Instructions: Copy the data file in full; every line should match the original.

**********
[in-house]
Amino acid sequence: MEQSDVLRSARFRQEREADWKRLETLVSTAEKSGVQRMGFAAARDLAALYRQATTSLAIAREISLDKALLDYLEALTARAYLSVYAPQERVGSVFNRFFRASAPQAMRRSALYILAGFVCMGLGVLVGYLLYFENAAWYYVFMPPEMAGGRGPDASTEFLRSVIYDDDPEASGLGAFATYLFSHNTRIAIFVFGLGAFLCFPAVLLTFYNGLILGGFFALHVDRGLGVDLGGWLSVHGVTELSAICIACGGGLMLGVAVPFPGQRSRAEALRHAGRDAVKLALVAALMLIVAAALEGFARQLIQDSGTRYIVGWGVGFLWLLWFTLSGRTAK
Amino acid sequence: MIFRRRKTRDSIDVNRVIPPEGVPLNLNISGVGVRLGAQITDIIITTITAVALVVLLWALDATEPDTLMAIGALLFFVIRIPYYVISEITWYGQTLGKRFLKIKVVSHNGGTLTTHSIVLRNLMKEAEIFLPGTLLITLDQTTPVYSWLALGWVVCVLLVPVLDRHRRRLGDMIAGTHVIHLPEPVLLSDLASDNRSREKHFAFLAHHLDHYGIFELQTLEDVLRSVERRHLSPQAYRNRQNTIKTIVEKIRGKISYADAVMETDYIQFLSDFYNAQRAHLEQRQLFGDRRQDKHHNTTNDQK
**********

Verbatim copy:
[in-house]
Amino acid sequence: MEQSDVLRSARFRQEREADWKRLETLVSTAEKSGVQRMGFAAARDLAALYRQATTSLAIAREISLDKALLDYLEALTARAYLSVYAPQERVGSVFNRFFRASAPQAMRRSALYILAGFVCMGLGVLVGYLLYFENAAWYYVFMPPEMAGGRGPDASTEFLRSVIYDDDPEASGLGAFATYLFSHNTRIAIFVFGLGAFLCFPAVLLTFYNGLILGGFFALHVDRGLGVDLGGWLSVHGVTELSAICIACGGGLMLGVAVPFPGQRSRAEALRHAGRDAVKLALVAALMLIVAAALEGFARQLIQDSGTRYIVGWGVGFLWLLWFTLSGRTAK
Amino acid sequence: MIFRRRKTRDSIDVNRVIPPEGVPLNLNISGVGVRLGAQITDIIITTITAVALVVLLWALDATEPDTLMAIGALLFFVIRIPYYVISEITWYGQTLGKRFLKIKVVSHNGGTLTTHSIVLRNLMKEAEIFLPGTLLITLDQTTPVYSWLALGWVVCVLLVPVLDRHRRRLGDMIAGTHVIHLPEPVLLSDLASDNRSREKHFAFLAHHLDHYGIFELQTLEDVLRSVERRHLSPQAYRNRQNTIKTIVEKIRGKISYADAVMETDYIQFLSDFYNAQRAHLEQRQLFGDRRQDKHHNTTNDQK